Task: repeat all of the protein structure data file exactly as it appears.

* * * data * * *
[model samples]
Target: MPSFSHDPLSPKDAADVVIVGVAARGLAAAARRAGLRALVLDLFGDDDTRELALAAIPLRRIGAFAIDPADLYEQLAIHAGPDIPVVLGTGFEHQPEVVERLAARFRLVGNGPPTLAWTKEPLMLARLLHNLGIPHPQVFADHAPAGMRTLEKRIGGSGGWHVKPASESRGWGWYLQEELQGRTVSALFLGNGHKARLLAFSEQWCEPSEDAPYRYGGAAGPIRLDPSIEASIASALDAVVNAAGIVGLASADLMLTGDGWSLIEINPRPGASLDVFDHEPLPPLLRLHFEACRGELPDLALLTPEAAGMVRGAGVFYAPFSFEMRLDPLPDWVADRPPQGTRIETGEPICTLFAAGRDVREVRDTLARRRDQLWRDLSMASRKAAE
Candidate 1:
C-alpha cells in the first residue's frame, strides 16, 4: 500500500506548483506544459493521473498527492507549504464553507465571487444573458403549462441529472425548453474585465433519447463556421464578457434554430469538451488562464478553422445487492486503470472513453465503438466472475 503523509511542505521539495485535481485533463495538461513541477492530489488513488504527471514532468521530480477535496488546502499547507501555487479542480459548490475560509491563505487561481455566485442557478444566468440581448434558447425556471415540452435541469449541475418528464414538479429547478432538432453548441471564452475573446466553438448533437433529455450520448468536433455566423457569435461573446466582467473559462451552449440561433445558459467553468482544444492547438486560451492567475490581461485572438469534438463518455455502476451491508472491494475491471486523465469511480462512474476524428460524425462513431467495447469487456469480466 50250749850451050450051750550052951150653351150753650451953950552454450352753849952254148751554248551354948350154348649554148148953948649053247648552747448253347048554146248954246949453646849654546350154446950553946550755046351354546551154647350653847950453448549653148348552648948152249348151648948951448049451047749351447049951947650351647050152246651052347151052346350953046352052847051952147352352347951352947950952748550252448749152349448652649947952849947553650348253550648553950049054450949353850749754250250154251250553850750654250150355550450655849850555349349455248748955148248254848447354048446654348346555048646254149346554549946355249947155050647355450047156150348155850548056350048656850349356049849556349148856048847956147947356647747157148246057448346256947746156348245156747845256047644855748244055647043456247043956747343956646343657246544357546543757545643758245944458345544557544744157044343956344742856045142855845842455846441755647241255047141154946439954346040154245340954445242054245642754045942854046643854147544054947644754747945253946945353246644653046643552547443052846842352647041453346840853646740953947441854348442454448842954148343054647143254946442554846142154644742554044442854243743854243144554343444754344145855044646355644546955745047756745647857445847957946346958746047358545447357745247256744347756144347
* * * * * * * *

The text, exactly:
[model samples]
Target: MPSFSHDPLSPKDAADVVIVGVAARGLAAAARRAGLRALVLDLFGDDDTRELALAAIPLRRIGAFAIDPADLYEQLAIHAGPDIPVVLGTGFEHQPEVVERLAARFRLVGNGPPTLAWTKEPLMLARLLHNLGIPHPQVFADHAPAGMRTLEKRIGGSGGWHVKPASESRGWGWYLQEELQGRTVSALFLGNGHKARLLAFSEQWCEPSEDAPYRYGGAAGPIRLDPSIEASIASALDAVVNAAGIVGLASADLMLTGDGWSLIEINPRPGASLDVFDHEPLPPLLRLHFEACRGELPDLALLTPEAAGMVRGAGVFYAPFSFEMRLDPLPDWVADRPPQGTRIETGEPICTLFAAGRDVREVRDTLARRRDQLWRDLSMASRKAAE
Candidate 1:
C-alpha cells in the first residue's frame, strides 16, 4: 500500500506548483506544459493521473498527492507549504464553507465571487444573458403549462441529472425548453474585465433519447463556421464578457434554430469538451488562464478553422445487492486503470472513453465503438466472475 503523509511542505521539495485535481485533463495538461513541477492530489488513488504527471514532468521530480477535496488546502499547507501555487479542480459548490475560509491563505487561481455566485442557478444566468440581448434558447425556471415540452435541469449541475418528464414538479429547478432538432453548441471564452475573446466553438448533437433529455450520448468536433455566423457569435461573446466582467473559462451552449440561433445558459467553468482544444492547438486560451492567475490581461485572438469534438463518455455502476451491508472491494475491471486523465469511480462512474476524428460524425462513431467495447469487456469480466 50250749850451050450051750550052951150653351150753650451953950552454450352753849952254148751554248551354948350154348649554148148953948649053247648552747448253347048554146248954246949453646849654546350154446950553946550755046351354546551154647350653847950453448549653148348552648948152249348151648948951448049451047749351447049951947650351647050152246651052347151052346350953046352052847051952147352352347951352947950952748550252448749152349448652649947952849947553650348253550648553950049054450949353850749754250250154251250553850750654250150355550450655849850555349349455248748955148248254848447354048446654348346555048646254149346554549946355249947155050647355450047156150348155850548056350048656850349356049849556349148856048847956147947356647747157148246057448346256947746156348245156747845256047644855748244055647043456247043956747343956646343657246544357546543757545643758245944458345544557544744157044343956344742856045142855845842455846441755647241255047141154946439954346040154245340954445242054245642754045942854046643854147544054947644754747945253946945353246644653046643552547443052846842352647041453346840853646740953947441854348442454448842954148343054647143254946442554846142154644742554044442854243743854243144554343444754344145855044646355644546955745047756745647857445847957946346958746047358545447357745247256744347756144347